I had a mysterious hat appearing on a snowman, but I think instead there can be a stone girl holding a bird bath in her arms, and the hat can appear on her head instead. This girl with the bird bath was in my Granny’s garden, in Chailey, many years ago. We called the stone girl Lizzie. I looked up this house. It is still called Moorings. So much of Sussex has been built up, but this part of the world still seems to have wooded areas, and the expanse of Chailey Common, where I went looking for autumn gentians with my grandfather.
Autumn does seem to be creeping into this new story.
The illustration above is out of a book written by Jennifer D Doherty and Gerald Golding called The Fierce and Gentle Wolf, published by Serafina Press, a book which I illustrated a few years ago. Not nearly as many years ago as Moorings, and Lizzie, and the autumn gentians.
This was the original page three, but I decided I wanted the hare in the foreground, and Milo full face and actually trying to approach the hare. There would have been too large a jump in narrative if I had had this as the first page, and then the second page having him chasing the hare. I think Milo changed a bit from this earlier version. But I think this page is quite pretty, so gave it away rather than leaving it in a drawer.
A couple of days I composed a letter in French, with some help from Google Translate, as it is a long time since I spoke or read French at all; and sent the letter, with a copy of the The Midnight Hare, to L’Ecole des loisirs, a publisher in Paris who published two books of mine in France, originally published here by Orchard Books. The French titles are Vingt-Six Lapins sement la pagaille and Vingt-Six lapins fetent Noel. A long shot, sending this package to Paris, as these other books were published a long time ago, but why not? I am trying to be more energetic about selling the book. And the postage was minimal.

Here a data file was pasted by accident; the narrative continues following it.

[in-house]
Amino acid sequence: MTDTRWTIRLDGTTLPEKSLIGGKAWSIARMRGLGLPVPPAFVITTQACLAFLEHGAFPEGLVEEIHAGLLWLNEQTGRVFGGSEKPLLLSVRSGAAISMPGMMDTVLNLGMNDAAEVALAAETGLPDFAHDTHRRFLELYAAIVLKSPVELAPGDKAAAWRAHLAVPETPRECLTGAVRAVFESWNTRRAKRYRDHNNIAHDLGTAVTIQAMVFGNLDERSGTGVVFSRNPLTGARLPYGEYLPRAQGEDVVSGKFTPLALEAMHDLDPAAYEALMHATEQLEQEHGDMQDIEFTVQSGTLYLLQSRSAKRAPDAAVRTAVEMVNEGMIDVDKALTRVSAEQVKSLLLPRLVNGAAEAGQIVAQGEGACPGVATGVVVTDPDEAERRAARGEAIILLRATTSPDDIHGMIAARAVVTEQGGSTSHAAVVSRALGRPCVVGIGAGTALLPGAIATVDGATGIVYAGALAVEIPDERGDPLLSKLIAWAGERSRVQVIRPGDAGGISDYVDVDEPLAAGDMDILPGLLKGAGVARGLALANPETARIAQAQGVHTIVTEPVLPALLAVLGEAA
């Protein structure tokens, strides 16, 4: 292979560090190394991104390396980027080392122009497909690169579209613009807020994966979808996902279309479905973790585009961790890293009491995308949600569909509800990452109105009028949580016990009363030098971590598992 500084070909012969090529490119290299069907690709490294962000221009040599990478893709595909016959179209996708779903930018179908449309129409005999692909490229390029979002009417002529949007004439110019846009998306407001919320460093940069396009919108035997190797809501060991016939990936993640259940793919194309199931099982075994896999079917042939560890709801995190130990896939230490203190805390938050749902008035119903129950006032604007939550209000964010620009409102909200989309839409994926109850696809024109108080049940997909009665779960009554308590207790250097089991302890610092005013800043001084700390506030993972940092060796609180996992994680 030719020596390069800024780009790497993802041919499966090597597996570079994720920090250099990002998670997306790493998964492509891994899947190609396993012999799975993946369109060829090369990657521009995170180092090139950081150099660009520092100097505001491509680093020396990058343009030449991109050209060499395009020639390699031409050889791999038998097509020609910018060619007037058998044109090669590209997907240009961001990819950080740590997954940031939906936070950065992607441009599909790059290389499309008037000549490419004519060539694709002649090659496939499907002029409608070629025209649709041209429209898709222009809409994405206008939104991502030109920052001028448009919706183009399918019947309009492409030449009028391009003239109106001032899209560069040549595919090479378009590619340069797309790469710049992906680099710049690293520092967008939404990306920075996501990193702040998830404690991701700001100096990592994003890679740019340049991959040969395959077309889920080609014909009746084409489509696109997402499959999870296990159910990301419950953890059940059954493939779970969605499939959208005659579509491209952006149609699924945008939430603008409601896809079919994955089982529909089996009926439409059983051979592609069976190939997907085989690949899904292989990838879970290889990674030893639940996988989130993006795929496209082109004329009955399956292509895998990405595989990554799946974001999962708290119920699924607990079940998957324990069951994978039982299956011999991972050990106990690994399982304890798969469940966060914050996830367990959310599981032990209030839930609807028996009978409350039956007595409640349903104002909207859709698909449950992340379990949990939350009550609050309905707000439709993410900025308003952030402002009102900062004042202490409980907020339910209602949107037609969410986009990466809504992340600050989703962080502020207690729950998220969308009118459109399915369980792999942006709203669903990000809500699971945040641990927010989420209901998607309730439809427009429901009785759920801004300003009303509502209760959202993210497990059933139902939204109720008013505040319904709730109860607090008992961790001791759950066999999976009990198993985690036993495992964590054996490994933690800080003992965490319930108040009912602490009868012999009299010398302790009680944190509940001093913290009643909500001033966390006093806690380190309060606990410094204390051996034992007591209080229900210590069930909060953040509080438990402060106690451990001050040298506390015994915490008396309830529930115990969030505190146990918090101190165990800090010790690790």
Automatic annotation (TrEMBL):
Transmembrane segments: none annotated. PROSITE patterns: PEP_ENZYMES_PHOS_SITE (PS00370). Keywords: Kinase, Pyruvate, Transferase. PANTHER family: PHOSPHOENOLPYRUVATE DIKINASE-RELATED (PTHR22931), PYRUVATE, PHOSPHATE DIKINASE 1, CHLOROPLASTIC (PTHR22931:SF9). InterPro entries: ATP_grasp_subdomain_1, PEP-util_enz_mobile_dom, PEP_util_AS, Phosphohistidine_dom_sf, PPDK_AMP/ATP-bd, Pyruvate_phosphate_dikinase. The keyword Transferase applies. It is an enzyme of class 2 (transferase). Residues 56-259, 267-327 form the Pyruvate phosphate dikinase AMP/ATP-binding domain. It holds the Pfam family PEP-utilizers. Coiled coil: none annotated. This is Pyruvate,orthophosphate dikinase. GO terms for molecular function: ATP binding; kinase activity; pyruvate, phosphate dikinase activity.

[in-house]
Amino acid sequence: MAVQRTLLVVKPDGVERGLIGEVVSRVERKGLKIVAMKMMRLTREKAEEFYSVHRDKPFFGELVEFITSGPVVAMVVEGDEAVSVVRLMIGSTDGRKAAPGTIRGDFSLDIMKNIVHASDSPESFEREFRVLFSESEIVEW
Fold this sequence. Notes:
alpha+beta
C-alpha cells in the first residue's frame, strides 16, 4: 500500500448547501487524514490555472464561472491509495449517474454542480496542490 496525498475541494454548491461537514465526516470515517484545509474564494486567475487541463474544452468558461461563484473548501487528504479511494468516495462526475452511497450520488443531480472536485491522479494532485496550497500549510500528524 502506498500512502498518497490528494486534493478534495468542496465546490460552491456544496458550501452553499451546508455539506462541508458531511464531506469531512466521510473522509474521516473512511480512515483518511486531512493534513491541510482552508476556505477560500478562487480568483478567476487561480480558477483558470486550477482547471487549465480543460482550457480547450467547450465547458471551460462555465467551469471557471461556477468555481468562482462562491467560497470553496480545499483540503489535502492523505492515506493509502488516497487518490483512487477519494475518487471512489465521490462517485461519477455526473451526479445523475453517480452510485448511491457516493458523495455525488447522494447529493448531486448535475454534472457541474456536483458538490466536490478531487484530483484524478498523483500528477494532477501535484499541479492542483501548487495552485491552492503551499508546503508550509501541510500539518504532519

For now, I am off to the studio to work on the new story.
This is so like the finished picture for the opening page of The Midnight Hare, I think I must have scanned the drawing early in the process, as the proportions and imagery are so similar. The stripes of the paper are very obvious, I used pastel paper because it was the only paper I liked that came in books – I always seem to work on blocks or drawing books, not on single pieces of paper. I had to use Photoshop to get rid of some of the corrugated look when the illustrations were painted. I actually scanned a section of the paper the same size as the finished pages were to be, and then copied and pasted the artwork on to this using Photoshop, so that the margins of the design were without these lines. Also it gave a very clean look to the margins.
There was an earlier picture, which I gave as a present to a friend, which had Milo with his back to the camera, so to speak. I was going to use this in the book but then changed my mind, as I wanted his face to be seen in the first painting.